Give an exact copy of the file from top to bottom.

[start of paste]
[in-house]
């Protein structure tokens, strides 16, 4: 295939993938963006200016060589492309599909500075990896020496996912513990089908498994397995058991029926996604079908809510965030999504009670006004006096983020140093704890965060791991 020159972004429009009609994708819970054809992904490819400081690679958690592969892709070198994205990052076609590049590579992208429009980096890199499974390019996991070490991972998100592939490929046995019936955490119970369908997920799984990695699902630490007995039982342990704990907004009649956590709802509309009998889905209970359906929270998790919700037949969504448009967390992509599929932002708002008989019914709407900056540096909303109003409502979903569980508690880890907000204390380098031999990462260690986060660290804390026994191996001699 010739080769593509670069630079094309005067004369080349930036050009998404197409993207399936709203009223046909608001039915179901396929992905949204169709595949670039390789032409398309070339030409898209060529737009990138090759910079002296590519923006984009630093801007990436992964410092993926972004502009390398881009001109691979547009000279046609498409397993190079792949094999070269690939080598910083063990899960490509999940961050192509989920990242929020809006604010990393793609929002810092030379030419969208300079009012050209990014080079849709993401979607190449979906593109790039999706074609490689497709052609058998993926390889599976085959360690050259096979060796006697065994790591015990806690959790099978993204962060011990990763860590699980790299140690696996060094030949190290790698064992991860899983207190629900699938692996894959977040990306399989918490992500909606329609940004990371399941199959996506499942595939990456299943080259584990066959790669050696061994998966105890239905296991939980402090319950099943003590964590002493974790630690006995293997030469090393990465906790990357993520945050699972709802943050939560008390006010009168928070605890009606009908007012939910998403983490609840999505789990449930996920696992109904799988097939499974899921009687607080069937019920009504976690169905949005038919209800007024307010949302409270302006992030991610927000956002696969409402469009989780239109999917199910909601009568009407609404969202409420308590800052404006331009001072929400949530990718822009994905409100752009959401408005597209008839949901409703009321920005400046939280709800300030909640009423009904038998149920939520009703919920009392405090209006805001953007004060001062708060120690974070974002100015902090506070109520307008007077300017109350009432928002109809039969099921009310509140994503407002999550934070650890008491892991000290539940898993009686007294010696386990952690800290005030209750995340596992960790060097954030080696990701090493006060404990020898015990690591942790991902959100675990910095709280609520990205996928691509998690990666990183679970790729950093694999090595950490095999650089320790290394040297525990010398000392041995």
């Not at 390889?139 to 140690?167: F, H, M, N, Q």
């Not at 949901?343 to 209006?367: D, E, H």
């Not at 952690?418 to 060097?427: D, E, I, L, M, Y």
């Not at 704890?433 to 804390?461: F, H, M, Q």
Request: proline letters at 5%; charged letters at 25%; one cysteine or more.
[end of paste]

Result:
[in-house]
């Protein structure tokens, strides 16, 4: 295939993938963006200016060589492309599909500075990896020496996912513990089908498994397995058991029926996604079908809510965030999504009670006004006096983020140093704890965060791991 020159972004429009009609994708819970054809992904490819400081690679958690592969892709070198994205990052076609590049590579992208429009980096890199499974390019996991070490991972998100592939490929046995019936955490119970369908997920799984990695699902630490007995039982342990704990907004009649956590709802509309009998889905209970359906929270998790919700037949969504448009967390992509599929932002708002008989019914709407900056540096909303109003409502979903569980508690880890907000204390380098031999990462260690986060660290804390026994191996001699 010739080769593509670069630079094309005067004369080349930036050009998404197409993207399936709203009223046909608001039915179901396929992905949204169709595949670039390789032409398309070339030409898209060529737009990138090759910079002296590519923006984009630093801007990436992964410092993926972004502009390398881009001109691979547009000279046609498409397993190079792949094999070269690939080598910083063990899960490509999940961050192509989920990242929020809006604010990393793609929002810092030379030419969208300079009012050209990014080079849709993401979607190449979906593109790039999706074609490689497709052609058998993926390889599976085959360690050259096979060796006697065994790591015990806690959790099978993204962060011990990763860590699980790299140690696996060094030949190290790698064992991860899983207190629900699938692996894959977040990306399989918490992500909606329609940004990371399941199959996506499942595939990456299943080259584990066959790669050696061994998966105890239905296991939980402090319950099943003590964590002493974790630690006995293997030469090393990465906790990357993520945050699972709802943050939560008390006010009168928070605890009606009908007012939910998403983490609840999505789990449930996920696992109904799988097939499974899921009687607080069937019920009504976690169905949005038919209800007024307010949302409270302006992030991610927000956002696969409402469009989780239109999917199910909601009568009407609404969202409420308590800052404006331009001072929400949530990718822009994905409100752009959401408005597209008839949901409703009321920005400046939280709800300030909640009423009904038998149920939520009703919920009392405090209006805001953007004060001062708060120690974070974002100015902090506070109520307008007077300017109350009432928002109809039969099921009310509140994503407002999550934070650890008491892991000290539940898993009686007294010696386990952690800290005030209750995340596992960790060097954030080696990701090493006060404990020898015990690591942790991902959100675990910095709280609520990205996928691509998690990666990183679970790729950093694999090595950490095999650089320790290394040297525990010398000392041995």
């Not at 390889?139 to 140690?167: F, H, M, N, Q």
């Not at 949901?343 to 209006?367: D, E, H």
């Not at 952690?418 to 060097?427: D, E, I, L, M, Y």
């Not at 704890?433 to 804390?461: F, H, M, Q």
Request: proline letters at 5%; charged letters at 25%; one cysteine or more.